Exterior Design: ***
Unlike the polarizing design of the Dodge Magnum, the Caliber goes for universal opinion. Unfortunately that opinion is not very good. The Caliber does, however, succeed on two fronts: It's not girly, nor does it have the bland, jellybean-space-shuttle shape of other hatchbacks like the Mazda5 or Honda Fit.
Interior Design: ****
While some of the materials are, well, crap, the Caliber has a few novel features and a ton of space. The body color inserts on the seats and audio/HVAC stack are a nice touch as well.
Neither strong nor weak, the Caliber simply gets the job done. The engine is quiet and, compared with other domestics' fours, very smooth. All-wheel-drive (optional in the tester, but standard on the R/T) ensures no wheel slippage.
ABS is standard, and "state-of-the-art electronics" help avoid the occasional rapidly approaching guardrail.
Plain vanilla (as opposed to special vanilla) defines the Caliber's ride. Some chassis flex occurs over bumps, along with a few ominous "thump" noises.
The Caliber feels as if, to paraphrase former US Secretary of State Henry Kissinger, corners were cut. The steering is vague, thanks in part to the AWD, and the soft suspension goes into understeer just comtemplating a fast corner.
Despite the attached numeral (two of what?), CVT2 is just a continuously variable transmission. Since it continuously (go figure) adjusts the gear ratio, there are no upshifts to sweat. Drivers unnerved by the stasis of revs can use the AutoStick manumatic feature, which can "shift" among six specific ratios.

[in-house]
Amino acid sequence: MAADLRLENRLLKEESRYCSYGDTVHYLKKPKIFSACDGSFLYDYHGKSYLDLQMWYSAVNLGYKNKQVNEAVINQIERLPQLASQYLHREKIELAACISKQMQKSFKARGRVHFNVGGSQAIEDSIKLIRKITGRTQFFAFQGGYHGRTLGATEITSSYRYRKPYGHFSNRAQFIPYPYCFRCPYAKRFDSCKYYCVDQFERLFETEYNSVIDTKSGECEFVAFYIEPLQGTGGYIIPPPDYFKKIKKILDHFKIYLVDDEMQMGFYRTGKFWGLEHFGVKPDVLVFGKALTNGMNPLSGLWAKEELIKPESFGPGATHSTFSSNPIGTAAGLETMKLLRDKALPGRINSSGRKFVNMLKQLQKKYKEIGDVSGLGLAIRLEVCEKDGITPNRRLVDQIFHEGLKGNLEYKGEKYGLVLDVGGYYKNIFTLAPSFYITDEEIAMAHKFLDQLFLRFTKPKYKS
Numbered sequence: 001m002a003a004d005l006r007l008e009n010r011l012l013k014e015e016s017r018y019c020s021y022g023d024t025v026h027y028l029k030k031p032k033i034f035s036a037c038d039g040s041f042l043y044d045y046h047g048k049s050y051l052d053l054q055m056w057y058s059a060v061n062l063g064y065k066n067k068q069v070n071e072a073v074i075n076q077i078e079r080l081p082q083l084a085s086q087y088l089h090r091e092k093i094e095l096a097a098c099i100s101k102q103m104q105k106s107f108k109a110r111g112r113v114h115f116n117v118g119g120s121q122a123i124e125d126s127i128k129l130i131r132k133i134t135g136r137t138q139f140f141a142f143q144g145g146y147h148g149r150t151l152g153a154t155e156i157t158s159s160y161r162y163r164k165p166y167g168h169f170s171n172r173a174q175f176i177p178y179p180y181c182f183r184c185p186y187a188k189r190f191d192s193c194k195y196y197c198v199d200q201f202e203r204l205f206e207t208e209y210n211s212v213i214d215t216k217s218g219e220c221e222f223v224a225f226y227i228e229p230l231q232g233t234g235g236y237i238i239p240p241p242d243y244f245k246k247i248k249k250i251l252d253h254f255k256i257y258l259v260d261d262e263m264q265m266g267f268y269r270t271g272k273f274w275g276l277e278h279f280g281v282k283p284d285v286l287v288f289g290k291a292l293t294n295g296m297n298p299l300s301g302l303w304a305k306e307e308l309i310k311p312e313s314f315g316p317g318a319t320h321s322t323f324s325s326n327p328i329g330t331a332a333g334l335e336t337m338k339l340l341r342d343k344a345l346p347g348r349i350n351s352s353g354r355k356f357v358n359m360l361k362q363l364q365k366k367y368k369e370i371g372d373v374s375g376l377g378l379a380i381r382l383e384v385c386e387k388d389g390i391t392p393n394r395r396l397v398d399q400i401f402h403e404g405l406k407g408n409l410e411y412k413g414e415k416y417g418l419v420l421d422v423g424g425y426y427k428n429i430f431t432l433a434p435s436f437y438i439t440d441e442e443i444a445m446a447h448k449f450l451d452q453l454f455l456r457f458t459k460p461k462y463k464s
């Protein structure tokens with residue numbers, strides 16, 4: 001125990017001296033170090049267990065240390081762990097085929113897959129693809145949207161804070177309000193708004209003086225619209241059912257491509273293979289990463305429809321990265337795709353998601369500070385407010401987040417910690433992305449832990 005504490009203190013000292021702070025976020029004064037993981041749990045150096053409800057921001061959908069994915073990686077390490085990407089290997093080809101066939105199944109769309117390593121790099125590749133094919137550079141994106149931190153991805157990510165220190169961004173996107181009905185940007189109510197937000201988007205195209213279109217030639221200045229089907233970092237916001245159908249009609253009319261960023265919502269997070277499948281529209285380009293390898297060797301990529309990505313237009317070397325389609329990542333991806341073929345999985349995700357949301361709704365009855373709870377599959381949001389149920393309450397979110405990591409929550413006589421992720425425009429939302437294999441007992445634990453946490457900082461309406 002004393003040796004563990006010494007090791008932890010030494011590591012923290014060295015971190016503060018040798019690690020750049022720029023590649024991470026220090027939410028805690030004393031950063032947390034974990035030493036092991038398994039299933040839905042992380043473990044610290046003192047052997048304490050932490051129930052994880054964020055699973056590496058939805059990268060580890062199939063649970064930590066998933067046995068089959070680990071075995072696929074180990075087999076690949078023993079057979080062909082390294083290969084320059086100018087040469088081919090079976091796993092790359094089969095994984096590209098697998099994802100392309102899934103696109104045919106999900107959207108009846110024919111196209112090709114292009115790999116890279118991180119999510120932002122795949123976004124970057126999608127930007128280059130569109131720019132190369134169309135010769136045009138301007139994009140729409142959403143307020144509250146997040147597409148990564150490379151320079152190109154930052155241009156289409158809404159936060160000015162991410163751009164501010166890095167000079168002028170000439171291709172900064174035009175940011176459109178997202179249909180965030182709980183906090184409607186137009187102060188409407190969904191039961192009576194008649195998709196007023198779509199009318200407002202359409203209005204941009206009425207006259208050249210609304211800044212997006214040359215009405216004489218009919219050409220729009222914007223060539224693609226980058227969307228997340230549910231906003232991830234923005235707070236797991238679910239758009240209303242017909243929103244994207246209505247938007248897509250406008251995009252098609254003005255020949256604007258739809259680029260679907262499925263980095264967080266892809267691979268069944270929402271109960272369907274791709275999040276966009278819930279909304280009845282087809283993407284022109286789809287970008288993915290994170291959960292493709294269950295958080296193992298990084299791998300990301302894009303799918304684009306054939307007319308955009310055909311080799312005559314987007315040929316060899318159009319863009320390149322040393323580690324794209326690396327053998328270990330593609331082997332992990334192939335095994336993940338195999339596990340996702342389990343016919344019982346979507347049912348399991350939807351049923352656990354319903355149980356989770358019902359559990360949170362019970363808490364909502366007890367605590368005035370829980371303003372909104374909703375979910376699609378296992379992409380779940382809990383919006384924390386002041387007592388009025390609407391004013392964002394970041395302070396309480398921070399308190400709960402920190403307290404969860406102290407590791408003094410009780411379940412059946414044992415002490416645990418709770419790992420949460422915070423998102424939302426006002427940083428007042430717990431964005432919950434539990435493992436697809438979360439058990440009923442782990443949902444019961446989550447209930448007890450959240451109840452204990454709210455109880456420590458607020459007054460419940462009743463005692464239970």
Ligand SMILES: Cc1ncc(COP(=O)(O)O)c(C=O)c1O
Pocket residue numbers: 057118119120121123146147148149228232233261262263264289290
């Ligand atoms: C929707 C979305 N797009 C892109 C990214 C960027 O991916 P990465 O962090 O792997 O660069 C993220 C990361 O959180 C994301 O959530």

Figure this one out. The upgraded stereo does not have an aux input, despite the Caliber's highly advertised iPod-friendly storage slot in the armrest. But there are optional steering-wheel-mounted stereo controls, and the drop-down liftgate speakers are perfect for jamming out to Freedom Rock at the tailgate party.
The Caliber is loaded with toys, like the AC power adapter, rear speakers, and "Chill Zone" glove box. Even the rear dome light detaches to double as a flashlight. The only real bummer is the aforementioned iPod slot, which doesn't actually hold any iPods larger than the Nano. Austin's Blackberry 7100t phone fit perfectly, but it's more narrow than even fourth-generation iPods.
Not only is it big, and not only do the rear seats fold down for more space, but the front passenger seatback folds down for especially lengthy cargo.
The base Caliber, which starts at $13,985 (good luck finding one), is a lot of car for the money. The R/T, which costs in the low twenty-thousand dollar range with a few options, seems like less of a bargain, but it does have AWD, space, and all those features.
It all depends on your priorities. The Caliber is great as an entry-level people hauler, but the lead-footed would be more satisfied giving up some space and gadgets for something a little more fun to drive. In other words, the Caliber is a great car to recommend to your friends so they can help you move because your Miata's trunk is too small.